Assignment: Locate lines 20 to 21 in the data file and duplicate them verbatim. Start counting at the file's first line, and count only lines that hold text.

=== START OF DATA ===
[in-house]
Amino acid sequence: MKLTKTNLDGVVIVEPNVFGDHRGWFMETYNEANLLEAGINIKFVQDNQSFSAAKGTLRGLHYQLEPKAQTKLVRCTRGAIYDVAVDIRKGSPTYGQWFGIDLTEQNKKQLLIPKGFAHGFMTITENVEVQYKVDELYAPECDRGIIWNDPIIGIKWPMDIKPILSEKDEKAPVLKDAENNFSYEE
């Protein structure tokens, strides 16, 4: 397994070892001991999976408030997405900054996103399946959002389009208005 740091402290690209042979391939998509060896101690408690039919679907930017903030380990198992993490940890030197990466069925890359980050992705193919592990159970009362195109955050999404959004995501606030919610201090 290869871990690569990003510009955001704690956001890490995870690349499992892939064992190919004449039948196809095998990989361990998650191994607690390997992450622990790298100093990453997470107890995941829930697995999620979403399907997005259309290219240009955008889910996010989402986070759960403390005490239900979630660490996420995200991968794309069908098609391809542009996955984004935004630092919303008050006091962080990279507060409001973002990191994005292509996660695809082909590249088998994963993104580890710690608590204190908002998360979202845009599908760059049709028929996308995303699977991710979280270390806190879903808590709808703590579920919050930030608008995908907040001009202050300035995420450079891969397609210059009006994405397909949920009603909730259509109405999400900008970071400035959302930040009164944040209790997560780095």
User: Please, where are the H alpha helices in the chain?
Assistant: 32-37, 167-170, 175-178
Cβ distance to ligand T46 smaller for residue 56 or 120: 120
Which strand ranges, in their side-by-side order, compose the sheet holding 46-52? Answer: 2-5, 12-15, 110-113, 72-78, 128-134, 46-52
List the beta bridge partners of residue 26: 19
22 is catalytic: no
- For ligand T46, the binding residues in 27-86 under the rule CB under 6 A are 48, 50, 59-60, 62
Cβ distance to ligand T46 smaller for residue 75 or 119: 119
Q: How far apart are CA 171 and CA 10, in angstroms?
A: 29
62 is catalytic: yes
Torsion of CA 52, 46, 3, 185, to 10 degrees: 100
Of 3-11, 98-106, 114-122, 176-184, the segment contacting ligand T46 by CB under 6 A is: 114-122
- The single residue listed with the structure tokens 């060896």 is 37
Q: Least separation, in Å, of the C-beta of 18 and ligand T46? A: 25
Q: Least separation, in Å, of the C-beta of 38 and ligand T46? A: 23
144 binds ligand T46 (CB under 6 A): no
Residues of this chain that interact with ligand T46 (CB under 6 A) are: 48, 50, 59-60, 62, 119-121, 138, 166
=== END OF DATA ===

144 binds ligand T46 (CB under 6 A): no
Residues of this chain that interact with ligand T46 (CB under 6 A) are: 48, 50, 59-60, 62, 119-121, 138, 166